Nutrition and sustainability

The ten rules of the German Nutrition Society (DGE)

For your healthy diet outside our dining halls and cafeterias, the Studierendenwerk would like to refer you to the ten rules of the German Nutrition Society and the food pyramid. We would like to provide you with some recommendations and tips for your personal diet.

  1. Eat a variety of food.
  2. Abundant cereal products and potatoes
  3. Vegetables and fruits - Have " Five a day”.
  4. Milk and dairy produce daily
  5. Less fat and high-fat foods
  6. Add sugar and salt moderately.
  7. Drink plentifully.
  8. Prepare tasty and gently.
  9. Take your time, enjoy your food.
  10. Watch your weight and keep moving.

Source: www.dge.de

HACCP Konzept (Hygiene concept)

Compliance with hygiene standards and the labelling of dishes and food have become a matter of course at Studierendenwerk Thüringen.

HACCP is the abbreviation for "Hazard Analysis Critical Control Points" and refers to all stages of food preparation, processing, production, packaging, storage, transport, distribution, treatment, and sale. This concept is the basis of the daily work in the dining halls and cafeterias.
The Studierendenwerk Thüringen controls:

  • Goods receiving temperatures (daily)
  • Quality of goods on delivery, packaging (daily)
  • Cold storage temperatures (daily)
  • Food temperatures during production and serving (daily)
  • Food cooling temperatures (daily)
  • Dishwasher temperatures (daily)
  • Quality of frying fat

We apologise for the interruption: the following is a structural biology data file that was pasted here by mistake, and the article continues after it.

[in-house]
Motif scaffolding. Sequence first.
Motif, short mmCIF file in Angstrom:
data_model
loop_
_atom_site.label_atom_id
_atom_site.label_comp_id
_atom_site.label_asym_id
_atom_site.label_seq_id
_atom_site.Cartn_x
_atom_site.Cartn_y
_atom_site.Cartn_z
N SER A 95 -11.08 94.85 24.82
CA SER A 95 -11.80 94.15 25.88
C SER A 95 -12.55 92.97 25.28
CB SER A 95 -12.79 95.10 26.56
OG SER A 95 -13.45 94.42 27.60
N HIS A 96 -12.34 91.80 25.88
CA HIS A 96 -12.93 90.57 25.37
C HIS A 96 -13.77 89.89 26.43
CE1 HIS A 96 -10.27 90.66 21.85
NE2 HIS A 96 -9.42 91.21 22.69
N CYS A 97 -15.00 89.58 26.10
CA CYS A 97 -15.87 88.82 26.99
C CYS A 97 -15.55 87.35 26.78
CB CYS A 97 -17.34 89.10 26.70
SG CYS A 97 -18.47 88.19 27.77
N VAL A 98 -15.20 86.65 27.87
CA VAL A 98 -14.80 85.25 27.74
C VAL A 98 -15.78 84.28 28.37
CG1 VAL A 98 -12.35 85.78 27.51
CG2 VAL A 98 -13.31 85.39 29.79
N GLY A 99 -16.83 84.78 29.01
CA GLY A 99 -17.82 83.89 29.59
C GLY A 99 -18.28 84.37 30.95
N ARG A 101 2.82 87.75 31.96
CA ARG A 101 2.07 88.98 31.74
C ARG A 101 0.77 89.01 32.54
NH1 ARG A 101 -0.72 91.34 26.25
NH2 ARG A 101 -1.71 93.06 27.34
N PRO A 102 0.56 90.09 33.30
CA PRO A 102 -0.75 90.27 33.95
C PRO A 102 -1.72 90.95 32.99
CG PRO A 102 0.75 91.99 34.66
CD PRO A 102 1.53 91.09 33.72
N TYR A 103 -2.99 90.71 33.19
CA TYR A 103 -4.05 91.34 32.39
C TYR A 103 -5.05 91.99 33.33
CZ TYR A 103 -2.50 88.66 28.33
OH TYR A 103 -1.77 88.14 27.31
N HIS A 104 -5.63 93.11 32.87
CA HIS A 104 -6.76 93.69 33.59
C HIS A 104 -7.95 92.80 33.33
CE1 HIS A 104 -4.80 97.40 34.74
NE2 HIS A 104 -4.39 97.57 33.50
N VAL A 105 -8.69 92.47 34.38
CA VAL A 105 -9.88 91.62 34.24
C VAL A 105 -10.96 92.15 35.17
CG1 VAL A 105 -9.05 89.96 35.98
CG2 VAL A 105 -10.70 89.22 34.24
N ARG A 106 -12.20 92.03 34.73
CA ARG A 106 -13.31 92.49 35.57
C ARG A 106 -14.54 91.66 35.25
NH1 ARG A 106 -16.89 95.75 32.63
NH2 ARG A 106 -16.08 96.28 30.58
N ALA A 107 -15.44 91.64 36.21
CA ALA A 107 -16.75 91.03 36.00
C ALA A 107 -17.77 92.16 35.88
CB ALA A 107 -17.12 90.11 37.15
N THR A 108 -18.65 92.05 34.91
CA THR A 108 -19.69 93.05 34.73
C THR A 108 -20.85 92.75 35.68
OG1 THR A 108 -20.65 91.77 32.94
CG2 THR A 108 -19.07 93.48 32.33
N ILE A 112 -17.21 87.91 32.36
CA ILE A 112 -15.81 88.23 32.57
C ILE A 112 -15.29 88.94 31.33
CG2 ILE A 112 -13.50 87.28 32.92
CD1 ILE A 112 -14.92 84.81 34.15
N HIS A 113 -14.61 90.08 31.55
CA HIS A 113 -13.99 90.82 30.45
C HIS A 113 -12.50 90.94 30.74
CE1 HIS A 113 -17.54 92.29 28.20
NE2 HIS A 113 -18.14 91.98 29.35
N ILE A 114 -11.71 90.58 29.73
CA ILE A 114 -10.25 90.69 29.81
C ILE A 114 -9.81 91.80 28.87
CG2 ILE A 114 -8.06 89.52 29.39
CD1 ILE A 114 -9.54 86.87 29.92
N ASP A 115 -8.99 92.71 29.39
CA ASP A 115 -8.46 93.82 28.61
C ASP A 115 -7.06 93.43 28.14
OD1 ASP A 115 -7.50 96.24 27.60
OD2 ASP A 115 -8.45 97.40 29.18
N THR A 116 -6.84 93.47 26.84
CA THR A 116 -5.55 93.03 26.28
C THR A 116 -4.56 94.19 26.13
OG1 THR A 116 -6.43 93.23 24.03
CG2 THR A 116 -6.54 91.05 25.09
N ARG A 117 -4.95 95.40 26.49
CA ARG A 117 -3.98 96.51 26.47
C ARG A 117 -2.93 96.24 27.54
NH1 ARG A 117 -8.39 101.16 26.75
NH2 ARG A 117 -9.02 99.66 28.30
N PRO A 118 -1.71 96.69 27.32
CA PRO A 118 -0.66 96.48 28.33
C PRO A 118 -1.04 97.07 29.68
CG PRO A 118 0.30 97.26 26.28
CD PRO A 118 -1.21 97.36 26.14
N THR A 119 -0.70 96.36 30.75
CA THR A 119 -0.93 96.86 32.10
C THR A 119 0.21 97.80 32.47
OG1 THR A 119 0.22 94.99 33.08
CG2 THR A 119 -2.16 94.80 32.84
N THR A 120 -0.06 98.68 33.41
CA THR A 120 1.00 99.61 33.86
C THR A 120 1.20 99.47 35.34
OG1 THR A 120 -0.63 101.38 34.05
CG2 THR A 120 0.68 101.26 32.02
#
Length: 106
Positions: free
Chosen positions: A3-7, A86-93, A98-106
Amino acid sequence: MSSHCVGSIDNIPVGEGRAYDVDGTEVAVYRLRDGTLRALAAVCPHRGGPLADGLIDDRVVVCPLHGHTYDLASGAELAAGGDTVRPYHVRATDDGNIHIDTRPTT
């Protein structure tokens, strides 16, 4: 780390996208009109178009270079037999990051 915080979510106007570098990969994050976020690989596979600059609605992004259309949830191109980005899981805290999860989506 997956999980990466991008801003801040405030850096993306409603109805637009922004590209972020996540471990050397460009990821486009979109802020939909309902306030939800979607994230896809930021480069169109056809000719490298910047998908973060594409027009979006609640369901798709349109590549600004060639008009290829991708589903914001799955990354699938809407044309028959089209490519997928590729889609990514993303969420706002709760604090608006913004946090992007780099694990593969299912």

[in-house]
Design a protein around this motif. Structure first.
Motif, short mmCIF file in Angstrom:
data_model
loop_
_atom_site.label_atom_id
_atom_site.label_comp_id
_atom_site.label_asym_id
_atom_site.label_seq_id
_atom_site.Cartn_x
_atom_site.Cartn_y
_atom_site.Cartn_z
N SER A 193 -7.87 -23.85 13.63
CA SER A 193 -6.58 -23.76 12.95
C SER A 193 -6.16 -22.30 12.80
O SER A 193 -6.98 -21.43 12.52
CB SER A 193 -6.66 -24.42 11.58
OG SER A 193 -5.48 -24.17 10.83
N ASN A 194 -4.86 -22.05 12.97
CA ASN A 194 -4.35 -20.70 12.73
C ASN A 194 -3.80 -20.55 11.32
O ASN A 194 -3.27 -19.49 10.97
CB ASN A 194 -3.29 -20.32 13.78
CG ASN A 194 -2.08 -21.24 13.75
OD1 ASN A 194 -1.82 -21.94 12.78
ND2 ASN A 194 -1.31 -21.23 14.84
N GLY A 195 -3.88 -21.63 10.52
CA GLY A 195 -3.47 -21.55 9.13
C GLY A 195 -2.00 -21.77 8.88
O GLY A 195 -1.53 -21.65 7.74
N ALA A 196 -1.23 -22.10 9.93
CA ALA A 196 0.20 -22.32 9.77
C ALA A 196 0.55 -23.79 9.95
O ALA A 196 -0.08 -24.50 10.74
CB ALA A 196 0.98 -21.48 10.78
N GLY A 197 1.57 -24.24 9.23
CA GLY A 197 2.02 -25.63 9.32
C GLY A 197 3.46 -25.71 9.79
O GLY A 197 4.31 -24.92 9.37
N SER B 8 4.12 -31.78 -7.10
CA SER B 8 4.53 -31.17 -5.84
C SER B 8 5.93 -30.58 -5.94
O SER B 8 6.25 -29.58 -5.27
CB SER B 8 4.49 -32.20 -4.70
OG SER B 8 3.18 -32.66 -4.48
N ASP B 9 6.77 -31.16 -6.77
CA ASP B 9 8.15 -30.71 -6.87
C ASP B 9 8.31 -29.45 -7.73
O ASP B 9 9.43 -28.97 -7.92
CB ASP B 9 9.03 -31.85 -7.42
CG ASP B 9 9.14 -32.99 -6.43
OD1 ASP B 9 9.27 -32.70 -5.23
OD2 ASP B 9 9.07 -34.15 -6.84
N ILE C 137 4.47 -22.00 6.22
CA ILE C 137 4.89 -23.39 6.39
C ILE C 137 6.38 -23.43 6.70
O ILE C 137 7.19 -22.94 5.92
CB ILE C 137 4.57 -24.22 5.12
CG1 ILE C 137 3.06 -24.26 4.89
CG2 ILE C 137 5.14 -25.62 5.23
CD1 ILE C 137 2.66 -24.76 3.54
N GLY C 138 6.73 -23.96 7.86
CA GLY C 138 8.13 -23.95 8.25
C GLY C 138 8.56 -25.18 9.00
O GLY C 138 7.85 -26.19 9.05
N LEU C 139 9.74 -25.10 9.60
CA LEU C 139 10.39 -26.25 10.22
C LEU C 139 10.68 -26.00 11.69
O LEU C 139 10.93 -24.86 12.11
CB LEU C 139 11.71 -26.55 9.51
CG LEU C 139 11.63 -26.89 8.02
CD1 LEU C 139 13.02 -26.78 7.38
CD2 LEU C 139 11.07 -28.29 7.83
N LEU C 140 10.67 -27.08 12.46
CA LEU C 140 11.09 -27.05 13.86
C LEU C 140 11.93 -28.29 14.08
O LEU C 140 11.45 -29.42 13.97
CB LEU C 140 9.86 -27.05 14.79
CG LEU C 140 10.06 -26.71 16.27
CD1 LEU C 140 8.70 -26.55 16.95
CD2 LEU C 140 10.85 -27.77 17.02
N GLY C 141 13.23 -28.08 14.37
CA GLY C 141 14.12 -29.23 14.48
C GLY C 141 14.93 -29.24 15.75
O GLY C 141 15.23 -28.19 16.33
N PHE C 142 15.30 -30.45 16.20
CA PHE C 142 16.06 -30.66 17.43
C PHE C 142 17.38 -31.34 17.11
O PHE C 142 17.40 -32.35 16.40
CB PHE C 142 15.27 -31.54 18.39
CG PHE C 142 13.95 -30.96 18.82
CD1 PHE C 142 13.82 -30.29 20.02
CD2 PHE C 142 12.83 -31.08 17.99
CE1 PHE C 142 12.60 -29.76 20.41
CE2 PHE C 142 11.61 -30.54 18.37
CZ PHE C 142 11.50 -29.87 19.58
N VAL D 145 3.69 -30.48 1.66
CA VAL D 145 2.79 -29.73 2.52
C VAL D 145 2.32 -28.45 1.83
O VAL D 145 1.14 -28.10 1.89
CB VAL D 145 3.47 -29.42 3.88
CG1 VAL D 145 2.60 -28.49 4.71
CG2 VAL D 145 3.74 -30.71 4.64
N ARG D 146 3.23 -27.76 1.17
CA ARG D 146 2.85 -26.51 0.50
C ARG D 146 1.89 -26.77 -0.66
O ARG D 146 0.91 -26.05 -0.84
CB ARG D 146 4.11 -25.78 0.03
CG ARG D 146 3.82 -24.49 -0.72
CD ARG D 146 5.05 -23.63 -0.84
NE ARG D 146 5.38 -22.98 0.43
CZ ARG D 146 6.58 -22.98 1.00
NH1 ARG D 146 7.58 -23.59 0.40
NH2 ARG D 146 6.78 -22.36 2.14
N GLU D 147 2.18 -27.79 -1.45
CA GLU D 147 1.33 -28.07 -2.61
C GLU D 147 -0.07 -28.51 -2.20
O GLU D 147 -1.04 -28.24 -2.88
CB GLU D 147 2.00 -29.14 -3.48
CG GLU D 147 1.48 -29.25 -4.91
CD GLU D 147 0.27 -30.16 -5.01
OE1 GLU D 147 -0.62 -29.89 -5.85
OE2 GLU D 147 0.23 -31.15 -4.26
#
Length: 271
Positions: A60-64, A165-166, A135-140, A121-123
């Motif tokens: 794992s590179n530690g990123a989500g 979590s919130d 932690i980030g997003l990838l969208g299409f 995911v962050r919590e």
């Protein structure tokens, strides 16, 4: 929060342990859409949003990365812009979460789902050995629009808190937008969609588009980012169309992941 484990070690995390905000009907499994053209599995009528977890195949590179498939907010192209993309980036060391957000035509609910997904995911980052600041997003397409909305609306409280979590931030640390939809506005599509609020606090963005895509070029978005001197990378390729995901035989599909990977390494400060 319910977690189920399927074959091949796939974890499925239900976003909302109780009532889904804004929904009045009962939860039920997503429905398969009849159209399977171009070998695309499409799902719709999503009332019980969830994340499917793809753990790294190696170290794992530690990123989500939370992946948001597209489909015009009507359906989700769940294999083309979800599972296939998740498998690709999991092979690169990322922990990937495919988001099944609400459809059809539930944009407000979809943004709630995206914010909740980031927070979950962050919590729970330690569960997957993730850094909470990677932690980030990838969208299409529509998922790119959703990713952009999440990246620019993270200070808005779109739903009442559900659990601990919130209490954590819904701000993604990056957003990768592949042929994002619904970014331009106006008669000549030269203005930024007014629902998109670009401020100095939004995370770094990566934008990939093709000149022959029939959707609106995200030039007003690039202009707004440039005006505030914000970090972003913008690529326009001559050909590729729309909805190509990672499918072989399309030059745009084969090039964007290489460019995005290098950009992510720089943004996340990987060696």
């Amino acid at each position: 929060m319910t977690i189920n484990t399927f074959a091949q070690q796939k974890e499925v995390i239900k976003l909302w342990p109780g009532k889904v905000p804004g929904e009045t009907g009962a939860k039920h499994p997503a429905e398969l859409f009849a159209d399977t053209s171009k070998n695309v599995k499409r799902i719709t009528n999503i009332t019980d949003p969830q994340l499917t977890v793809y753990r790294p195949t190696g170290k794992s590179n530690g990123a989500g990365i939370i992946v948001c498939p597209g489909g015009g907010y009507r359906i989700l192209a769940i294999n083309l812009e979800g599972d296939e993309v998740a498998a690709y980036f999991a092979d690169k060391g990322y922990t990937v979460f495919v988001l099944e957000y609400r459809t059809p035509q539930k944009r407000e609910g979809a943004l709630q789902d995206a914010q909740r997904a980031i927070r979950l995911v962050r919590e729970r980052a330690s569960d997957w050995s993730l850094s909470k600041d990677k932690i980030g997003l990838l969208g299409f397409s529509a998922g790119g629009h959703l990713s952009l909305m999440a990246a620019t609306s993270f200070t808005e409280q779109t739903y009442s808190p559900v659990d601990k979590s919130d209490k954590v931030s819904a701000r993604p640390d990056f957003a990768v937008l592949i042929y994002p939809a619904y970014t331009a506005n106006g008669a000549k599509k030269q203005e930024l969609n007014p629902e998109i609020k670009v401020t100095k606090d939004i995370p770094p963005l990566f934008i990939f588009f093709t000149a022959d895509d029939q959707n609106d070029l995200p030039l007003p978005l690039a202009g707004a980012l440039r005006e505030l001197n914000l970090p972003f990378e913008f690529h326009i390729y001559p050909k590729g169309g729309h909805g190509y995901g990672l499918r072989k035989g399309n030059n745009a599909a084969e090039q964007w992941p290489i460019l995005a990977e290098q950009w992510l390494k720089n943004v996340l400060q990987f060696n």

• Cleaning and disinfection efficiency (daily)
  • Taking of reserve samples of all dishes (daily)
  • Pest prophylaxis (every three months)
  • Drinking water analysis (once a year)
  • Microbiological examination of food samples (twice a year)
  • Swab samples of the surfaces (twice a year)
  • Dishwasher check (twice a year)
  • Checking the dishes (twice a year)

Sustainability

Fair-trade products

Fair trade ensures that the teams of producers in the countries of origin of the products are paid appropriately for their work. The prices are higher than the world market prices, and price fluctuations are compensated. In addition, the affiliated trade organizations provide social development aid with projects in the regions often including the construction and operation of schools, decent housing, and basic health care.

Studierendenwerk Thüringen regards these efforts as measures to promote the sustainable production of food - especially in the fields of coffee, tea, and cocoa. As of 01 January 2009, for this reason, only fair-trade coffee beans have been available in all dining halls and cafeterias of the Studierendenwerk Thüringen. Tea, hot drinks containing cocoa and bar products from sustainable production are also available everywhere. The Studierendenwerk Thüringen is also endeavouring to include other fair-trade products in its range soon.

Related links:
www.transfair.org
www.gepa.de

WWF Fish Guide and MSC Criteria

The Studierendenwerk Thüringen follows the recommendations of the WWF in the production of meals containing fish. As of December 2009, the fish species considered critical by the WWF have no longer been purchased.

The Studierendenwerk Thüringen procures MSC-certified fish. An own certification procedure is not carried out due to the high costs and the considerable effort, so that no use of the MSC seal may be made.

Related links:
www.msc.org
www.wwf.de/fisch

Bio-Lebensmittel

The following cafeterias are bio-certified and offer food with organic components:

  • Mensa Carl-Zeiss-Promenade, Jena
  • Mensa Ernst-Abbe-Platz, Jena
  • Mensa Philosophenweg, Jena
  • Mensa Nordhäuser Straße, Erfurt
  • Mensa Altonaer Straße, Erfurt
  • Mensa am Park, Weimar
  • Mensa Ehrenberg, Ilmenau
  • Mensa Weinberghof, Nordhausen
  • Mensa Blechhammer, Schmalkalden

Please inform yourself about these offers in the current menu.